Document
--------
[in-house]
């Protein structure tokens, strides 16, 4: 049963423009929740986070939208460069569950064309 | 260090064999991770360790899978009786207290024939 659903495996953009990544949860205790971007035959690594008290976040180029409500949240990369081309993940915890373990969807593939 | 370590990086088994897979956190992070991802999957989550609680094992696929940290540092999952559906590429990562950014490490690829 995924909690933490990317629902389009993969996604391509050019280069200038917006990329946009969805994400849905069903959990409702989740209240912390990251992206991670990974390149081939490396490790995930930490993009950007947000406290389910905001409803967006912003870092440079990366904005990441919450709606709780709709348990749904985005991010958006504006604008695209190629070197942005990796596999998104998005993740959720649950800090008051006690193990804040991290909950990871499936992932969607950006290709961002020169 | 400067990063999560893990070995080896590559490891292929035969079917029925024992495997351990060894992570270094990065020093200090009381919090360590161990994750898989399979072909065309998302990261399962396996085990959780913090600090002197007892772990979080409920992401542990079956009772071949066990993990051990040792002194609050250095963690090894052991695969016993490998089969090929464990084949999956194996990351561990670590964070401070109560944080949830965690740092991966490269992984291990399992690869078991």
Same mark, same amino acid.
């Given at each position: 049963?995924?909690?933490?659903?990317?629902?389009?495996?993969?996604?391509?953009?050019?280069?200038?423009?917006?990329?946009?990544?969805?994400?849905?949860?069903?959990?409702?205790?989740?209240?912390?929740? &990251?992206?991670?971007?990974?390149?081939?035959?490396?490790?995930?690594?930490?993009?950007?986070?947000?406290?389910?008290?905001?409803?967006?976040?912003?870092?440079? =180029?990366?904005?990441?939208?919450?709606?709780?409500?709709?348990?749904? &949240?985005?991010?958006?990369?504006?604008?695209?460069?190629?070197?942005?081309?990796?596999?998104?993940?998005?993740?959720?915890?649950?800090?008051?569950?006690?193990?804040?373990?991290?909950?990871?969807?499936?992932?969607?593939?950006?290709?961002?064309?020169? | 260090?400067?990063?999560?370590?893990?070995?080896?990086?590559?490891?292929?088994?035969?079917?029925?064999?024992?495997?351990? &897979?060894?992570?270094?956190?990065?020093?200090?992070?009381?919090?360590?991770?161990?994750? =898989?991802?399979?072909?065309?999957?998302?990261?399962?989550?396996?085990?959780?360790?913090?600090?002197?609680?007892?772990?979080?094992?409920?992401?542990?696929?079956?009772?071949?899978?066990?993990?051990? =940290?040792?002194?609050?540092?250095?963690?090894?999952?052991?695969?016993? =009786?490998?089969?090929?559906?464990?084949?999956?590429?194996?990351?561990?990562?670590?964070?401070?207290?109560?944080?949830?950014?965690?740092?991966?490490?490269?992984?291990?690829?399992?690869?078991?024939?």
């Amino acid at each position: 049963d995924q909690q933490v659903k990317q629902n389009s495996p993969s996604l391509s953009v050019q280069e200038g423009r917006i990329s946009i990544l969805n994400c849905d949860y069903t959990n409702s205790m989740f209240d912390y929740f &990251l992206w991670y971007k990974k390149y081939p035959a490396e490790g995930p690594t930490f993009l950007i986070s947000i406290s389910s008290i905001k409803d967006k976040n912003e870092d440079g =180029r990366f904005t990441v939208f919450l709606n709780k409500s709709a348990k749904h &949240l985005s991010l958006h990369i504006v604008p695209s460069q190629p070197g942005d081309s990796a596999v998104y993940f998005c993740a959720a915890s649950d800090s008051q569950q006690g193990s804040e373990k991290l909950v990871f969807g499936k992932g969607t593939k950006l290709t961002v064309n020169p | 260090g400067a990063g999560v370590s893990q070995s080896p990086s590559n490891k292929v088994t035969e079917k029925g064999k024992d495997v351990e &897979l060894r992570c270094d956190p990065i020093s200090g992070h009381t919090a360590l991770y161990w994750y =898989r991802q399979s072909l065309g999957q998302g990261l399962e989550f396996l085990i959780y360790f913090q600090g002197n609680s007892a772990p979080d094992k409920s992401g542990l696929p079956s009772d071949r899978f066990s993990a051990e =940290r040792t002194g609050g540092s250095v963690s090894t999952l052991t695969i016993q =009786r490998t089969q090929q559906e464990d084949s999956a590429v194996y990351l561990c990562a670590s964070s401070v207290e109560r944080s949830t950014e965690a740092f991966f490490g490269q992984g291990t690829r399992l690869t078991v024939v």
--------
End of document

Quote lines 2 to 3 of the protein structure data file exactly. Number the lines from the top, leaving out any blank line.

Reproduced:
């Protein structure tokens, strides 16, 4: 049963423009929740986070939208460069569950064309 | 260090064999991770360790899978009786207290024939 659903495996953009990544949860205790971007035959690594008290976040180029409500949240990369081309993940915890373990969807593939 | 370590990086088994897979956190992070991802999957989550609680094992696929940290540092999952559906590429990562950014490490690829 995924909690933490990317629902389009993969996604391509050019280069200038917006990329946009969805994400849905069903959990409702989740209240912390990251992206991670990974390149081939490396490790995930930490993009950007947000406290389910905001409803967006912003870092440079990366904005990441919450709606709780709709348990749904985005991010958006504006604008695209190629070197942005990796596999998104998005993740959720649950800090008051006690193990804040991290909950990871499936992932969607950006290709961002020169 | 400067990063999560893990070995080896590559490891292929035969079917029925024992495997351990060894992570270094990065020093200090009381919090360590161990994750898989399979072909065309998302990261399962396996085990959780913090600090002197007892772990979080409920992401542990079956009772071949066990993990051990040792002194609050250095963690090894052991695969016993490998089969090929464990084949999956194996990351561990670590964070401070109560944080949830965690740092991966490269992984291990399992690869078991």
Same mark, same amino acid.